Although much of the research in this area is from immobilization studies, it can be observed that active and passive stretch can induce changes in cross-sectional area of the muscle (14). Naturally, a muscle is stretched under load during strength training, and the slow tempos recommended for hypertrophic adaptation magnify the time under tension or stretch load. During the rest periods, if the muscles are actively or passively stretched, the additional mechanical stimulus may enhance the hypertrophic effect. This contention obviously needs to be researched in a systematic manner, ensuring that the stretching protocol does not significantly influence the ensuing repetition and set kinematics and kinetics.
STRETCHING AND RESTRICTED BLOOD FLOW
It is fairly well accepted that passive and in particular active stretching is likely to disrupt regional blood flow and muscle oxygen consumption, which has been attributed to the local pinching of blood vessels (2,22,48,65). A number of other researchers have noted that the restricted blood flow differs regionally within a muscle, for example, blood flow reduced to a greater extent in the central zones of a muscle (26,30). These regional differences have been attributed to differences in regional tissue pressure, as well as the heterogeneous pattern of muscle fiber direction (architecture), which may induce shear forces and subsequent partial occlusion of blood vessels during stretch and contraction.
In this case, Poole et al. (41) found that not only did stretching reduce blood flow and therefore oxygen delivery and metabolite removal but also it altered red blood cell flow dynamics, which may further impair blood tissue oxygenation. These reductions were attributed to stretching causing (a) passive reductions in vessel diameter by compression and axial stretch and (b) pinching of blood vessels because of the different architectural arrangements between muscle fiber and fascicles.
Given the information on restricted blood flow above, it is likely that the ischemia associated with stretching if used in the rest period, in particular active stretching, would likely contribute to both fatigue and metabolite accumulation. The relative occlusion would reduce the clearance capacity of the circulatory system, resulting in accumulation of lactate, hydrogen ions, sodium ions, and phosphate in the working muscle, which has been implicated as important in the growth hormone (GH) response to exercise (21,63). In this case, Rodney et al. (45) and Schott et al. (53) found that fatigue and metabolite accumulation were important in increasing the strength and accretion of muscle mass. Furthermore, it has been argued that the enhanced hypertrophic response, noted with exercise that uses blood flow restriction, may be attributed to the recruitment of larger type 2 motor units and the resulting mechanical load on these muscle fibers (36). The exact mechanism by which acute changes in high-energy phosphates or other metabolites may trigger hypertrophic signaling is unknown. However, Meyer (36) suggested that there is ample evidence that metabolic sensors such as adenosine monophosphate-dependent protein kinase can play an important role in regulating skeletal muscle growth. For a comprehensive discussion of the effects of restricted blood flow on skeletal muscle, the reader is directed to a recent review by Manini and Clark (35).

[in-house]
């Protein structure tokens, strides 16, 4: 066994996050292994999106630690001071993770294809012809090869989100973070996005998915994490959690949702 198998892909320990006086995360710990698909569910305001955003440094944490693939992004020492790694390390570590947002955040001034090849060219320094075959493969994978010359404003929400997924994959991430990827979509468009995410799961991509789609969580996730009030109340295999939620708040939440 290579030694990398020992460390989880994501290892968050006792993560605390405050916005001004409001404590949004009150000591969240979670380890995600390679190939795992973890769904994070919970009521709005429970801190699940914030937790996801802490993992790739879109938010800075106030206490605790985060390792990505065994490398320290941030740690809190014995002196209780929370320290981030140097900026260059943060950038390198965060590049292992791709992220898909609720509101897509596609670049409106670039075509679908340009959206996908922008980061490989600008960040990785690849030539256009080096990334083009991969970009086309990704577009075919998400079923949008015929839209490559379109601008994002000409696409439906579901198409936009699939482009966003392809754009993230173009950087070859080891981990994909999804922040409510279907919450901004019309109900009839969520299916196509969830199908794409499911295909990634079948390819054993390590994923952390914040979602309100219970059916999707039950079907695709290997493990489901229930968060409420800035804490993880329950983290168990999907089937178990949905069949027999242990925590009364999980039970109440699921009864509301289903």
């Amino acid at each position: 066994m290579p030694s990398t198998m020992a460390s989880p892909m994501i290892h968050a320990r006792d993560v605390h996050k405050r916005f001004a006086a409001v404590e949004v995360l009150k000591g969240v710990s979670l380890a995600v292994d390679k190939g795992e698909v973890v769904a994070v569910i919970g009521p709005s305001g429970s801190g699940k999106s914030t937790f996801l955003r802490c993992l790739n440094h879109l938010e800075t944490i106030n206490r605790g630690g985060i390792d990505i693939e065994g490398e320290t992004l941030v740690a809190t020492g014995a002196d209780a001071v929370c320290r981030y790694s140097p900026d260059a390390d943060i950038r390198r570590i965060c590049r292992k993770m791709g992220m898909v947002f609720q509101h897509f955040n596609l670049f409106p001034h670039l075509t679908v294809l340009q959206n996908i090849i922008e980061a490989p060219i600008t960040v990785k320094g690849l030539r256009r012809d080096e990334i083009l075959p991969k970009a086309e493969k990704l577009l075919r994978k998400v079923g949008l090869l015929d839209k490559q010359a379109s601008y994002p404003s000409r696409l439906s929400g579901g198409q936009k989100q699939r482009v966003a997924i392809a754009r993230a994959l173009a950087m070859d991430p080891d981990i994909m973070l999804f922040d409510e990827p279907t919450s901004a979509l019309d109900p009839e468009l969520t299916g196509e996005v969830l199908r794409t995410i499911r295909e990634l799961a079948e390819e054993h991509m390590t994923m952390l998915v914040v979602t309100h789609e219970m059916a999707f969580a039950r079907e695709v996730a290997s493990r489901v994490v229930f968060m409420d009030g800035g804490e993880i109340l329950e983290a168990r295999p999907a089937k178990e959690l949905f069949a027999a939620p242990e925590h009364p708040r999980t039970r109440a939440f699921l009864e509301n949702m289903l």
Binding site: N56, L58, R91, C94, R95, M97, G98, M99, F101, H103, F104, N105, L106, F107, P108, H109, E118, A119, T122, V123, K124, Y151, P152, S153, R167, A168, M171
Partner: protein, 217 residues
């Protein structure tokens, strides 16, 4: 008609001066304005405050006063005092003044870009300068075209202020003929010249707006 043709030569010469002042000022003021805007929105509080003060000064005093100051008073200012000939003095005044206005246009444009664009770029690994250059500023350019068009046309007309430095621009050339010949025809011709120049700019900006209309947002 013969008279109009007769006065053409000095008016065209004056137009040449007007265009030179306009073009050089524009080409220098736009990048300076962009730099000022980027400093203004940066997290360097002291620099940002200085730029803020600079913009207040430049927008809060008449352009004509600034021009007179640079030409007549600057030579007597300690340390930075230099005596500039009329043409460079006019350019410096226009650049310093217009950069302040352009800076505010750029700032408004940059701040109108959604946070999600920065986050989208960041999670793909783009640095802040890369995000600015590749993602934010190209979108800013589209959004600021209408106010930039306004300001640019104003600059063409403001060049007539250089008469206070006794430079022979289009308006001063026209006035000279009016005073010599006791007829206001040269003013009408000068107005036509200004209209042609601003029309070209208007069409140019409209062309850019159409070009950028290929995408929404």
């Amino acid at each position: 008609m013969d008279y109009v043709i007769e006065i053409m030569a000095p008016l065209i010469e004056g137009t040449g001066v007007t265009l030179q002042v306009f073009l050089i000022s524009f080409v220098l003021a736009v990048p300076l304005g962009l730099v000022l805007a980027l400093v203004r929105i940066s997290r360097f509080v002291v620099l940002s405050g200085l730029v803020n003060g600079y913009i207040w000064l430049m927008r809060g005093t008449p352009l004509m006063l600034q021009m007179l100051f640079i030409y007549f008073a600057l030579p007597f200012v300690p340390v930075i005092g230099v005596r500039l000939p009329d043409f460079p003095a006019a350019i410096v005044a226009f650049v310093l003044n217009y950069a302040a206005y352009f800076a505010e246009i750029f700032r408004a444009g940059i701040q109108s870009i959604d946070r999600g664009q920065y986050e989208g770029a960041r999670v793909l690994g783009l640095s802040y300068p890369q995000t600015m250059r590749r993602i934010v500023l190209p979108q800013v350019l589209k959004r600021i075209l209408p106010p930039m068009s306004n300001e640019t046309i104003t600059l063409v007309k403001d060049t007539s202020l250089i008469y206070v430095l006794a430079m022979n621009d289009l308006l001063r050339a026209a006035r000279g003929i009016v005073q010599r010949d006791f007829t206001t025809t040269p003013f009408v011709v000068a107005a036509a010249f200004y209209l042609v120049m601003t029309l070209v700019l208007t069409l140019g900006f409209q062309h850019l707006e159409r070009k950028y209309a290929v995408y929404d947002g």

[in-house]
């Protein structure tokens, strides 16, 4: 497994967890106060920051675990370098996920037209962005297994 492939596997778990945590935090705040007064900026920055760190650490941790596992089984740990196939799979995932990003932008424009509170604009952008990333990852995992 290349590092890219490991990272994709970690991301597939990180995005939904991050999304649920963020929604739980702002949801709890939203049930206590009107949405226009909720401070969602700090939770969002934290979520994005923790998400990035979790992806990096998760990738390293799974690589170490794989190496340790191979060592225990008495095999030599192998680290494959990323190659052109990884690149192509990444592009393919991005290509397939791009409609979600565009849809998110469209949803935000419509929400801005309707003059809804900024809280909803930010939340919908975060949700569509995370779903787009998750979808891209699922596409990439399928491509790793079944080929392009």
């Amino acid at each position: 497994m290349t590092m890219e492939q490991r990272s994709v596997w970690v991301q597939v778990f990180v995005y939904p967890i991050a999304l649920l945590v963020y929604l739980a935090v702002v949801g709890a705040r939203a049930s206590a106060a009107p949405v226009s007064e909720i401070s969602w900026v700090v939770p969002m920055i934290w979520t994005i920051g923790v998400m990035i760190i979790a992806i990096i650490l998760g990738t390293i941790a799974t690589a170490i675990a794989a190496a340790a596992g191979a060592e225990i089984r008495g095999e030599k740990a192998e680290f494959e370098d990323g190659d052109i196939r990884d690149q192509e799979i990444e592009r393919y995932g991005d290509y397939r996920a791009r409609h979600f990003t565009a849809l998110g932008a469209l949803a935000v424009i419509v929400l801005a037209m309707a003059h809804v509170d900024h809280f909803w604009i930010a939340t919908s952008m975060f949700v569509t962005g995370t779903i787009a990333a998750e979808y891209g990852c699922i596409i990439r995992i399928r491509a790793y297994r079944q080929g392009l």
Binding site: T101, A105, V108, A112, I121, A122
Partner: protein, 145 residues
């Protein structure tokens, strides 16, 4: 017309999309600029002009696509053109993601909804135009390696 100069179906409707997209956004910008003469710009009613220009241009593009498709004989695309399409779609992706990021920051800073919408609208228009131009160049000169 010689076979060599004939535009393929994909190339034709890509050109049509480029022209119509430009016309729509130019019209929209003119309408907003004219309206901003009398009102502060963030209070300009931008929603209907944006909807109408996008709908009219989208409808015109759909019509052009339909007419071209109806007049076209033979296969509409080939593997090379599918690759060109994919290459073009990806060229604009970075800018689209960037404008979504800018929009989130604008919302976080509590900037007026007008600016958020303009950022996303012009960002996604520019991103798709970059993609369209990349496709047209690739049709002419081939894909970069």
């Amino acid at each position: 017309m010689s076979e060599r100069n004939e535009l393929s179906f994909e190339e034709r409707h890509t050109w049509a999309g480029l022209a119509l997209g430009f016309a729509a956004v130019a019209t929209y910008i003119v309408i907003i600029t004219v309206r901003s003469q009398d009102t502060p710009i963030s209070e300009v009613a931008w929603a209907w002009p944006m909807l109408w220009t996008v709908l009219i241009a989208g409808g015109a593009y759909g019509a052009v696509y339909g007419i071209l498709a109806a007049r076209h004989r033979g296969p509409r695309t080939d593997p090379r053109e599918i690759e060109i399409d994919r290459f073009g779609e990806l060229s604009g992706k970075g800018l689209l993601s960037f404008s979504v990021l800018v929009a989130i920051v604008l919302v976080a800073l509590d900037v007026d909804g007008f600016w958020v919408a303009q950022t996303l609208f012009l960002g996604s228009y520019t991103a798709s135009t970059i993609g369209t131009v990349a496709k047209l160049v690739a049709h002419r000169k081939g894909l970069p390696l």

STRETCHING AND HORMONE RELEASE
With regard to the restricted blood flow research cited previously, Takarada et al. (57,58) have reported very large acute increases in plasma GH levels, resulting from low-load occlusion training. It is likely that during ischemic conditions, such as stretching during rest periods, metabolites and ions accumulate rather than dissipate, which in turn lead to GH secretion and increased levels of IGF-1. According to Perrone et al. (39), stretch-induced skeletal muscle growth may involve increased autocrine secretion of IGF-1, because IGF-1 is a potent growth factor for skeletal muscle hypertrophy, and stretch elevates IGF-1 mRNA levels in vivo. They believed that extracellular matrix protein type I collagen and stretch stimulate the autocrine secretion of IGF-1 but with different time kinetics. This endogenously produced growth factor may be important for the growth response of skeletal myofibers to both types of external stimuli (39).
STRETCHING AND SIGNALING PATHWAYS